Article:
Anderson analyses changes to F1 front wings for 2022 – “They have been simplified”

F1 expert Gary Anderson analysed the changes made to the F1 front wings for 2022, saying they have been made easier and more functional.

2022 will see new regulations implemented in an attempt to shake up the sport. There have been plenty of talking points, but one drawback that has been pointed out was the amount of control teams have over experimenting with their cars.

The new framework will be put to the test in the upcoming season. The cars and the teams will approach the season very differently to how they did 2021, with the idea being that competition will be closer than ever.

With regard to one major component of the new season’s car, Anderson analysed the changes made to the F1 front wings, saying simplicity was the driving principle behind them.

In his column for the Race, Anderson wrote, “The front wing is by definition a critical part of a Formula 1 car’s overall aerodynamic flow structure because it’s the first thing the airflow sees. It therefore impacts the airflow underneath and even around the car.

Motor Racing Formula One World Championship Turkish Grand Prix Preparation Day Istanbul, Turkey
The front wings of the 2022 season will also undergo modification. Source:

“For 2022, the front wings have been simplified – or at least that is what the rulemakers have tried to do. This comes in an attempt to make the following cars less sensitive to the turbulence of the leading car.”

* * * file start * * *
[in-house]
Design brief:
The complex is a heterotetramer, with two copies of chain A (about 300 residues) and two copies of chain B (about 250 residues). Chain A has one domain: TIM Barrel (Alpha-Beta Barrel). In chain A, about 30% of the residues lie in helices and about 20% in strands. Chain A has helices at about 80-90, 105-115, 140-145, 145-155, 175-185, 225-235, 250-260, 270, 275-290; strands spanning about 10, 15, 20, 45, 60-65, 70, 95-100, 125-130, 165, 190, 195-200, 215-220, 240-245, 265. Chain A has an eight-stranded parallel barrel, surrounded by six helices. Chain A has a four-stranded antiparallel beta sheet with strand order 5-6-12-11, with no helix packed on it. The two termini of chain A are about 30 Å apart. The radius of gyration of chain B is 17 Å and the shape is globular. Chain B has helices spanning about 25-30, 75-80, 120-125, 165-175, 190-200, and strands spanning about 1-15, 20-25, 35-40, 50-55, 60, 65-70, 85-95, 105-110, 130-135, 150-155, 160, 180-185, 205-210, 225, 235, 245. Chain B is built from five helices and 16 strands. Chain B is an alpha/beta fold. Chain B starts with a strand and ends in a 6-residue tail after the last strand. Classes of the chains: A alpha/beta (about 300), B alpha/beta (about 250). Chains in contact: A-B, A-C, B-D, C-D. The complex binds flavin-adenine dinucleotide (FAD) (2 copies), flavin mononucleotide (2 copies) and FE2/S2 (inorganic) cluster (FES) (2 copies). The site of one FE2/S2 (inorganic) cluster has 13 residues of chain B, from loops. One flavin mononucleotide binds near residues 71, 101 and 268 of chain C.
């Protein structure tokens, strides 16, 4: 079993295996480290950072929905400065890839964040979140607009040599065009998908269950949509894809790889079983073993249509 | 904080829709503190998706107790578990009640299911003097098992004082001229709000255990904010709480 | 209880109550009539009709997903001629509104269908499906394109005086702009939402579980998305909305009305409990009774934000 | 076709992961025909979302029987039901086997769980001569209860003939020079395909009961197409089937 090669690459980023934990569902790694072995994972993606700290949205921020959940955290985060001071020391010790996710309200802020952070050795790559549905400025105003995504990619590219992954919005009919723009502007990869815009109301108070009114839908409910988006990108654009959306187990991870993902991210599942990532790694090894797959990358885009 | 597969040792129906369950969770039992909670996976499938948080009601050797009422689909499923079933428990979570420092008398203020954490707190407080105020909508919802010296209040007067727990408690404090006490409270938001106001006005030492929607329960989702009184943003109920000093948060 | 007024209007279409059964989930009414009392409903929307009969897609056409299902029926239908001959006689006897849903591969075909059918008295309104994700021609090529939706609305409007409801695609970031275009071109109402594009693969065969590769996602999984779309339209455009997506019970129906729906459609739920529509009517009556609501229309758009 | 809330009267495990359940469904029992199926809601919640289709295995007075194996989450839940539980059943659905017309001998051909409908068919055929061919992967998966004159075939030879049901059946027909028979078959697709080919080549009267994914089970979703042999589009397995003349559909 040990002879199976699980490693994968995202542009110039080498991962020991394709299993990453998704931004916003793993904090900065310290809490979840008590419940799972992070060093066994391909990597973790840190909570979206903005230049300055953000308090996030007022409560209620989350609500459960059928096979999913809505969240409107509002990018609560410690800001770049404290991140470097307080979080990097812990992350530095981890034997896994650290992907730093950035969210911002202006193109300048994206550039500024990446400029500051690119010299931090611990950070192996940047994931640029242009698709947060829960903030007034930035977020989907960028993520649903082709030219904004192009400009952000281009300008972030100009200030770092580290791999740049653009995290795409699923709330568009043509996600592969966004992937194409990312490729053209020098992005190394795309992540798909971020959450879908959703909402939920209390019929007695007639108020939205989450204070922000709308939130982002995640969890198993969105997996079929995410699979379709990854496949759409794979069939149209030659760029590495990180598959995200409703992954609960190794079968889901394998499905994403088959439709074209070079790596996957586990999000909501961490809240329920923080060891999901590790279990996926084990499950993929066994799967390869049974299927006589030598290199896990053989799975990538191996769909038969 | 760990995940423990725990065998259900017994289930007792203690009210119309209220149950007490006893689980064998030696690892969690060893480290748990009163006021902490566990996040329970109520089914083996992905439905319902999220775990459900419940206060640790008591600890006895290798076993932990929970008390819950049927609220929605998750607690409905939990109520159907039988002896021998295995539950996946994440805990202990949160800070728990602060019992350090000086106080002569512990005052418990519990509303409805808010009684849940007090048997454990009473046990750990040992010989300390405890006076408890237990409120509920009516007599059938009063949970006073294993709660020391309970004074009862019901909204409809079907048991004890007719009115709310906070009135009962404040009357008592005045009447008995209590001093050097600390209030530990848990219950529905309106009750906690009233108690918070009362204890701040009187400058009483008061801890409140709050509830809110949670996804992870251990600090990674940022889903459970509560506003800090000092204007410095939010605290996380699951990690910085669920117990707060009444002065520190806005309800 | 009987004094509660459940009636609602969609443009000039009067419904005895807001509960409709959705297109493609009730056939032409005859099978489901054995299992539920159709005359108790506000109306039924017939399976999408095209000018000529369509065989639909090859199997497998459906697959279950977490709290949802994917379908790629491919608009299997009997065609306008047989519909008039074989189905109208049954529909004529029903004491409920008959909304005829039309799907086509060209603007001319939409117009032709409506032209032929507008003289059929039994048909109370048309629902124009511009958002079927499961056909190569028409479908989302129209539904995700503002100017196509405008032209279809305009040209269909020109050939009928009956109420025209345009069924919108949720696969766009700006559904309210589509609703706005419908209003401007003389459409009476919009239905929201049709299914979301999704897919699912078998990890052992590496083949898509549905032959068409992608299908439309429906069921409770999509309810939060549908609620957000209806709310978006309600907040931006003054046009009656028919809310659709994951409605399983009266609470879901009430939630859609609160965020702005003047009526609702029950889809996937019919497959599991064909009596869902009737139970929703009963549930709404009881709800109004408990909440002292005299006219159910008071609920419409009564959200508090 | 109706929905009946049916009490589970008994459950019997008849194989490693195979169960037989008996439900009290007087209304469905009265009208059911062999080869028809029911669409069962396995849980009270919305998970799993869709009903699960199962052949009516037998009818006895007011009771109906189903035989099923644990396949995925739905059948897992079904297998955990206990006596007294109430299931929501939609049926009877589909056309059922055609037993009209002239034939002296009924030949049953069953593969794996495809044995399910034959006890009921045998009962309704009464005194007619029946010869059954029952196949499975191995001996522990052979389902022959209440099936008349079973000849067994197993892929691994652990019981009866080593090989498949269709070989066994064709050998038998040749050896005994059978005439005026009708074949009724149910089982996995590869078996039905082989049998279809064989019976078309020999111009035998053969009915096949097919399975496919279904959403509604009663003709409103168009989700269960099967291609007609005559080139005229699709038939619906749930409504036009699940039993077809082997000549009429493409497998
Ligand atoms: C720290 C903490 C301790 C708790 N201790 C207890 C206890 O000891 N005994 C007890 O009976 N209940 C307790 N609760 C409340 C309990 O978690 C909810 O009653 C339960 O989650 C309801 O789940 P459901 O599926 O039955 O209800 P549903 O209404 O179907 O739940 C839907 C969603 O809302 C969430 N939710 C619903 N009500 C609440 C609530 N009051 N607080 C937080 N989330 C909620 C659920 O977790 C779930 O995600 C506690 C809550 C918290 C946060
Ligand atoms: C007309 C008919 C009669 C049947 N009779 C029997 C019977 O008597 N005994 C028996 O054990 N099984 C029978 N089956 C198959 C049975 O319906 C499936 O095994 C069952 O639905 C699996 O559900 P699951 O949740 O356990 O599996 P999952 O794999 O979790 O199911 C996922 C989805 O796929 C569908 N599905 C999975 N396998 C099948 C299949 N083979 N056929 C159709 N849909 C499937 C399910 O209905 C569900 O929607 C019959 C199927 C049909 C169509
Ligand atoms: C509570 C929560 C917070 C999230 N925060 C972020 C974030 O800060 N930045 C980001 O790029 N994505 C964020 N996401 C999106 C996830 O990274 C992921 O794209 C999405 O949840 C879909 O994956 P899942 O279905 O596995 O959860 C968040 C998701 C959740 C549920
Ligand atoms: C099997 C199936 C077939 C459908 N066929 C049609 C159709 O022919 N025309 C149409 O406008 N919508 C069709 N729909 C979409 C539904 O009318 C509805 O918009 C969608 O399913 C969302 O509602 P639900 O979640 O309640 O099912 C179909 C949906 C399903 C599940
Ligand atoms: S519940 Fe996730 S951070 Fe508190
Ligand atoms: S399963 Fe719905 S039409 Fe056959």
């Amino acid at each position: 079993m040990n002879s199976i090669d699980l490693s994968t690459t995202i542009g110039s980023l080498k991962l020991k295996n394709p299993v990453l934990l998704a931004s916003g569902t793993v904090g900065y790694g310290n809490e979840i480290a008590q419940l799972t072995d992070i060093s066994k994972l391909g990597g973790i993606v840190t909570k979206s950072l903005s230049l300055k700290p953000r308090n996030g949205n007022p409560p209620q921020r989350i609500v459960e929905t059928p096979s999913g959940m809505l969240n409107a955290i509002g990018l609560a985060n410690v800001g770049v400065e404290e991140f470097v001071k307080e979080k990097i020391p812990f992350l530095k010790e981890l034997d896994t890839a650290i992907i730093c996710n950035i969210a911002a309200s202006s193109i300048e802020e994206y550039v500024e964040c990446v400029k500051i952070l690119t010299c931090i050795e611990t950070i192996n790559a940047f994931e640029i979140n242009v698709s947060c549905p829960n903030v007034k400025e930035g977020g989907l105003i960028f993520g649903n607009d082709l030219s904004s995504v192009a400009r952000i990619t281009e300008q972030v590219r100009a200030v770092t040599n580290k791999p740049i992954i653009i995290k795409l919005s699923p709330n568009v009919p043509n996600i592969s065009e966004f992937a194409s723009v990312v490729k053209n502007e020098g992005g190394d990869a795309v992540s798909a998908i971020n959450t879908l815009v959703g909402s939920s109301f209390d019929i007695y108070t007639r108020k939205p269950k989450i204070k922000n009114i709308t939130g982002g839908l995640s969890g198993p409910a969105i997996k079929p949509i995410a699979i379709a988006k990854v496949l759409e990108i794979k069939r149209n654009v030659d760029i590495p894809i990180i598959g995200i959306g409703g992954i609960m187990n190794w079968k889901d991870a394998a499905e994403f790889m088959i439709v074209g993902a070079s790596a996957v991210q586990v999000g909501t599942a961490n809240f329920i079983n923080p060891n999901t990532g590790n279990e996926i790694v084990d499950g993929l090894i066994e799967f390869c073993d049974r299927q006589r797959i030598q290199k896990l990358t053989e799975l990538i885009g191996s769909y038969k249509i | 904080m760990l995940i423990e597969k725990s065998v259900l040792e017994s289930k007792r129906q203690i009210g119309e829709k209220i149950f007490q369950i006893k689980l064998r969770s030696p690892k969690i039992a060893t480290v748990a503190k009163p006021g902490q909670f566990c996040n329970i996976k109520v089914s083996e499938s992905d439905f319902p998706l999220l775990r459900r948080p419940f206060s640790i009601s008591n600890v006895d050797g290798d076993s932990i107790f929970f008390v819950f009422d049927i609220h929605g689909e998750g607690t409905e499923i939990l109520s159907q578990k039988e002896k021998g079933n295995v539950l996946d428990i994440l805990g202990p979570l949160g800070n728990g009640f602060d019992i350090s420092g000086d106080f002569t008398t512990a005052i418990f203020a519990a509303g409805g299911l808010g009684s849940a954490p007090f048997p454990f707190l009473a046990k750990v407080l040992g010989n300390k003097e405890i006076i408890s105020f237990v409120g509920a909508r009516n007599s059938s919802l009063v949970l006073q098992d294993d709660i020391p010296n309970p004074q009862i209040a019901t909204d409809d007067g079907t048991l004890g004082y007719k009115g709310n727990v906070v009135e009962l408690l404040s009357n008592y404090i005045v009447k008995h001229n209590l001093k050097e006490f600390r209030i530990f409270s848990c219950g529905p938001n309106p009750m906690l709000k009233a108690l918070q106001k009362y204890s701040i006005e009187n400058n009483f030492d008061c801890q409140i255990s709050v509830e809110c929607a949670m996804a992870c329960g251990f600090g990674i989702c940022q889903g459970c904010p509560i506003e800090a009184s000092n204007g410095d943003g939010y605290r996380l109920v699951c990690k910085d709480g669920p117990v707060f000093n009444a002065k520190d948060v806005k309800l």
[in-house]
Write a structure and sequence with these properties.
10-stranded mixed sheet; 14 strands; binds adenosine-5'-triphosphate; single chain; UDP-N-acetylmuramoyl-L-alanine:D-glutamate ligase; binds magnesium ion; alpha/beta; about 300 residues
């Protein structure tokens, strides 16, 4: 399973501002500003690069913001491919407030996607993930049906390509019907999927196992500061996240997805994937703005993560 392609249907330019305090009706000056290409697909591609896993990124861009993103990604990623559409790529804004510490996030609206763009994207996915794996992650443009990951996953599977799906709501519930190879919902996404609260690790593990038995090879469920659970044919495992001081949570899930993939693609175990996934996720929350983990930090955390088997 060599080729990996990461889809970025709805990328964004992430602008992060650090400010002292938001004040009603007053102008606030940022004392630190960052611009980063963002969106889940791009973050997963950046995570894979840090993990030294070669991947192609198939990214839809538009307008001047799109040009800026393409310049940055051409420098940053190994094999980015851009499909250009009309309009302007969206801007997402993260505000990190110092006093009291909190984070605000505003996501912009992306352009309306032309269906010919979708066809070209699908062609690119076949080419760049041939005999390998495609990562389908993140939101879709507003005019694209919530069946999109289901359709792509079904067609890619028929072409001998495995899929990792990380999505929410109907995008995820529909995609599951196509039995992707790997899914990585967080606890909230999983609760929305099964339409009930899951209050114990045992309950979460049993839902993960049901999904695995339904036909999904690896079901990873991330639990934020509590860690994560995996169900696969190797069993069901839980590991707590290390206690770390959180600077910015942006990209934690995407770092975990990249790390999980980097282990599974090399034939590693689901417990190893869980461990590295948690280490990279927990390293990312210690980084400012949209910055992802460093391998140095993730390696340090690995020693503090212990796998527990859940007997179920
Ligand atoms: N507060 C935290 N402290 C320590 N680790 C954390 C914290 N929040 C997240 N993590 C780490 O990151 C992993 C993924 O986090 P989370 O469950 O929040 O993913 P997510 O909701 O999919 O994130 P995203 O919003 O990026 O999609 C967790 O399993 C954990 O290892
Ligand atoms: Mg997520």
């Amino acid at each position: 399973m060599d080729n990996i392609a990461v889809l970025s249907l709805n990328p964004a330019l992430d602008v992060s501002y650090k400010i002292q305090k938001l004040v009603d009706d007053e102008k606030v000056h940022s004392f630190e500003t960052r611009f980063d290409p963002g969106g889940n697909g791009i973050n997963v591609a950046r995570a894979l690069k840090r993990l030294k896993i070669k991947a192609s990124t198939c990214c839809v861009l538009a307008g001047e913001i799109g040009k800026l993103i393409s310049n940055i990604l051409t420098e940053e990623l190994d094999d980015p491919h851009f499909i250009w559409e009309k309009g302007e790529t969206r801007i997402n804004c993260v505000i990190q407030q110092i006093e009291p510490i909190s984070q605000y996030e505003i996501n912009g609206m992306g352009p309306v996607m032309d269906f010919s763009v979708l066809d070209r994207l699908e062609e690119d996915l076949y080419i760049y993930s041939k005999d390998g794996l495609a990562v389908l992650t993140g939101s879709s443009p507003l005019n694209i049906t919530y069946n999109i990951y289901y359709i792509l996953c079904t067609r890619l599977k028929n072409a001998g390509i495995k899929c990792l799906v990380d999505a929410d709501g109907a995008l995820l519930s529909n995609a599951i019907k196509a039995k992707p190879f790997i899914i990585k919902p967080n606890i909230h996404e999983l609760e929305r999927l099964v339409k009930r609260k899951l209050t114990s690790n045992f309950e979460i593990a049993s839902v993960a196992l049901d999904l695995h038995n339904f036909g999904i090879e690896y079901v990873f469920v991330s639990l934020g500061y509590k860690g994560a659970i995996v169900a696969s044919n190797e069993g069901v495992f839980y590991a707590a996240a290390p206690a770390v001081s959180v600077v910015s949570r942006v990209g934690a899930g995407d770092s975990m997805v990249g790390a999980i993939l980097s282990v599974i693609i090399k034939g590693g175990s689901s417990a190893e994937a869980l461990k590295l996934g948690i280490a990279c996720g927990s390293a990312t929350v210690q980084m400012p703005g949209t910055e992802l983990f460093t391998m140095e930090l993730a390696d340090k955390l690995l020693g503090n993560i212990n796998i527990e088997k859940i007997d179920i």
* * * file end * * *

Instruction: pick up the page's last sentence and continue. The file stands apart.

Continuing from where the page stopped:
“The front wing must sit within a stipulated reference volume. The front wing assembly, including the endplates, runs to the full width of the car – 1000mm each side of the centreline,” he continued.

“A maximum of four elements are permitted, down from five last year. All must attach directly to the nose, but I’ll be interested to see how designers interpret what ‘attach’ actually means.

“The mainplane of the front wing is also a single flat plane. The FIA-mandated neutral central section used from 2009-2021 is eliminated and therefore so too is the famous Y250 vortex – named because it was generated 250mm either side of the centreline of the car.

“I can’t wait to see what 1000-plus design engineers can come up with for this area. I’m pretty sure there will be a few interpretations that the boffins at F1 weren’t expecting when they wrote the regulations,” he concluded.

Read more: Brawn goes back on initial verdict of new regulations – “There may be a little bit of disparity in performance”

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